Sources: NFL doctor tells players they are clean
The doctor who administers the NFL policy on performance-enhancing drugs told highly regarded USC linebackers Brian Cushing and Clay Matthews Jr. on Friday that neither tested positive for banned substances, including steroids, according to sources close to both players.
Cushing and Matthews were included in previous reports indicating that up to six prominent players had tested positive for performance-enhancing or recreational drugs in tests administered in February at the NFL scouting combine in Indianapolis. Also named were Boston College defensive tackle B.J. Raji, Illinois cornerback Vontae Davis, Florida wide receiver Percy Harvin and UTEP kicker Jose Martinez. Cushing, Raji, Davis and Harvin all are projected to be first-round picks in the NFL draft later this month.
NFLDraftbible.com reported that Cushing and Matthews tested positive for steroids and the other four for marijuana. SI.com, meanwhile, also reported that Raji had tested positive for a banned substance.
The sources said Cushing and Matthews both went straight to Dr. John Lombardo to find out about the reports. The sources said the two players were told by Lombardo, who administers the league’s drug policy, that they had nothing to worry about. The sources said Lombardo further explained to the players that if they had tested positive, they already would have received letters indicating as much. The letters reportedly were sent out three weeks ago, and the sources said that neither player received such a letter.
Representatives for Cushing, Matthews and Davis issued statements asserting that their clients hadn’t tested positive. The sources close to Cushing and Matthews had no personal knowledge of whether the other four players named in the report had received letters.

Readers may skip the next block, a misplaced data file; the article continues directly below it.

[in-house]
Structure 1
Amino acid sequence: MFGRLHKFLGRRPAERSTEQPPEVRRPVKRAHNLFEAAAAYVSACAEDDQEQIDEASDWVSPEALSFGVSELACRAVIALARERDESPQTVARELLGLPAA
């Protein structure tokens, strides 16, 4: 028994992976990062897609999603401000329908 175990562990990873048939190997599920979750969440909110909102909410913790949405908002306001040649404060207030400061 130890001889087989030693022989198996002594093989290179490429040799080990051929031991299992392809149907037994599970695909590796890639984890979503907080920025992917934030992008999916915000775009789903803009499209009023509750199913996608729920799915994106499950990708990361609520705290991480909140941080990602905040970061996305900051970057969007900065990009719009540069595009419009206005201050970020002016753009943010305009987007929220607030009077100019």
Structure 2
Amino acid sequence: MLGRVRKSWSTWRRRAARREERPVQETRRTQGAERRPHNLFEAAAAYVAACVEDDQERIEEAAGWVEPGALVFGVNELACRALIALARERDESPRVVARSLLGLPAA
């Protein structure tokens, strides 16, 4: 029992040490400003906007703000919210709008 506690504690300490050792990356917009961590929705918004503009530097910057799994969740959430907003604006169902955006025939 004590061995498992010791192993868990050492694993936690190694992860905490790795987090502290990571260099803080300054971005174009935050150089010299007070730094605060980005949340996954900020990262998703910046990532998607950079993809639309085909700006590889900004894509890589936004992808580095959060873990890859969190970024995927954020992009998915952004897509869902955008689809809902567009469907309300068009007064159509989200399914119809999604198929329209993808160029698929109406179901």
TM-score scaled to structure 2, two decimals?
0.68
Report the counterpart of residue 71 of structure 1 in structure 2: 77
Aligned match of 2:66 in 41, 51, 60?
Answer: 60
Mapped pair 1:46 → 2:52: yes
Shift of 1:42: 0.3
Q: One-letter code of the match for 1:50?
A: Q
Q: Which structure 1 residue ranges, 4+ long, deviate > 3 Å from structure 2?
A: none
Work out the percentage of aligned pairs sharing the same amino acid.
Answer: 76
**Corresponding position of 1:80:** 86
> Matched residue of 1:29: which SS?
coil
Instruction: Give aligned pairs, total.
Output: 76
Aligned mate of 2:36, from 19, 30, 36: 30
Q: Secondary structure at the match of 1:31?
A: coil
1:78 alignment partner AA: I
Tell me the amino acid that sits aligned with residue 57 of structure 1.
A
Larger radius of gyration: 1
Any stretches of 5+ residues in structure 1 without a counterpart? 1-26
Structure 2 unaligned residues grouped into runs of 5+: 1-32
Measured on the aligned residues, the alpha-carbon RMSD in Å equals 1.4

A statement issued by the NFL also indicated that any players who had tested positive should already have been notified, and explained clubs have not been informed of the results of the drug screenings that were done at the combine.
“Neither the 32 clubs nor the league office know the results of drug or steroid tests taken at the 2009 combine,” the statement read. “The independent medical advisors who administer the tests have notified in writing those players and only those players who tested positive at the combine.”
It’s unclear if these reports will have any impact on the draft. If teams find out that any players have tested positive, their draft stock will decline significantly. A player rated in the first round could easily slip to the second round if reports such as these proved to be true.
“Unfortunately, rumors about draft eligible players, including rumors about test results, begin to circulate every year at this time,” the NFL’s statement read. “Many of these rumors are circulated for self-serving reasons and they are terribly unfair to the players and their families.”
Tom Condon, who represents Cushing, was particularly strong in his response to the report.
“There is no truth to the vicious and false rumor regarding Brian Cushing’s drug test at the Combine,” Condon said. “Brian, in fact, has been informed by league representatives that his test result was negative for any banned substances. Furthermore, neither the league office nor Brian’s representatives have been contacted regarding a positive test.”
Mark Humenik, who is one of the agents for Matthews, and Todd France, who represents Davis, also issued statements refuting the reports. Humenik’s company, Athletes First, also represents Raji, but Humenik said he had yet to confirm that Raji hadn’t received a letter – but he believed his client had not. The agents for Harvin and Martinez did not return messages.